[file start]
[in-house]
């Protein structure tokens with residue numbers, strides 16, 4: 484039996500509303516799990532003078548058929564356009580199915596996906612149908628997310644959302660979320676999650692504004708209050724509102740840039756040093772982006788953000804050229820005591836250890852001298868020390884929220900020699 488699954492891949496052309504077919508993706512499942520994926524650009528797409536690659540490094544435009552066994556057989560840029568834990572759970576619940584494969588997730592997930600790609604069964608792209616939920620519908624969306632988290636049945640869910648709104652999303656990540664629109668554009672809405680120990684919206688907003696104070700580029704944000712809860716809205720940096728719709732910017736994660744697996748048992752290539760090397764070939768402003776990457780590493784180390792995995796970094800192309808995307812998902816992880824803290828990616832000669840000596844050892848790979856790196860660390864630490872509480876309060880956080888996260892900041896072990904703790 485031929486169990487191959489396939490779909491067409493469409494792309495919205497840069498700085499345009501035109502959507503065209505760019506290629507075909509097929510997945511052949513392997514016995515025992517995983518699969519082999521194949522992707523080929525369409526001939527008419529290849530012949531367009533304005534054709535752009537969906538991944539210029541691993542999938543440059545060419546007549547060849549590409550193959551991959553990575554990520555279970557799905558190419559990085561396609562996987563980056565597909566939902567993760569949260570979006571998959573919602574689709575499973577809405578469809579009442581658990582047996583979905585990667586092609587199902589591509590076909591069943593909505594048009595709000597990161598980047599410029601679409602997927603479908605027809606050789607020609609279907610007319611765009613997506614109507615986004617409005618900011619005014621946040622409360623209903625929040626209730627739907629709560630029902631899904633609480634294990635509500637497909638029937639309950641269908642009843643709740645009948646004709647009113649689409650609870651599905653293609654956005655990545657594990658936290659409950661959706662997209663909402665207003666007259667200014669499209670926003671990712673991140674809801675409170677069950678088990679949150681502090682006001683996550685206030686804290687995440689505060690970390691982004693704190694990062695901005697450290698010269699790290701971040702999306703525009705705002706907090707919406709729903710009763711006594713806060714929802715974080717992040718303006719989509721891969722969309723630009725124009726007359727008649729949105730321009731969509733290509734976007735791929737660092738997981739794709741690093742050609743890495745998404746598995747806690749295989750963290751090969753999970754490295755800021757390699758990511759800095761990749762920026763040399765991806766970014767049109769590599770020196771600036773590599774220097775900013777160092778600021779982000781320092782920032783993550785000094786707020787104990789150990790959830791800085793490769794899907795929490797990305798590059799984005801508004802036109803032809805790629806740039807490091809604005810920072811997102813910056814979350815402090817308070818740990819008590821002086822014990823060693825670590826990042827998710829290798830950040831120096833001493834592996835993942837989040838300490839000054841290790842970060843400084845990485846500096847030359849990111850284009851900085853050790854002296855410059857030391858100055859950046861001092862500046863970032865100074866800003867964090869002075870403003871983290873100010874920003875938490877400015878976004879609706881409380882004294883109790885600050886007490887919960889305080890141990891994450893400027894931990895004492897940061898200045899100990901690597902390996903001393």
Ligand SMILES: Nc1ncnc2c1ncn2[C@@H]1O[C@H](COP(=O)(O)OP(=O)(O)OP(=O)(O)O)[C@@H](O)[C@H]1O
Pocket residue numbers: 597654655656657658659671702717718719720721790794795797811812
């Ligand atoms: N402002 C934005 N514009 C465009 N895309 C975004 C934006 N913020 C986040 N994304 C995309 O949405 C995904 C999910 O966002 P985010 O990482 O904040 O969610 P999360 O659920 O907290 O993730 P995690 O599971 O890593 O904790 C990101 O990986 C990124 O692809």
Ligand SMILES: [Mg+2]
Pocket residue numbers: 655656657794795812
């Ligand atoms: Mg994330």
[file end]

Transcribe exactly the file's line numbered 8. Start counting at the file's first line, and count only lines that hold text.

């Ligand atoms: Mg994330």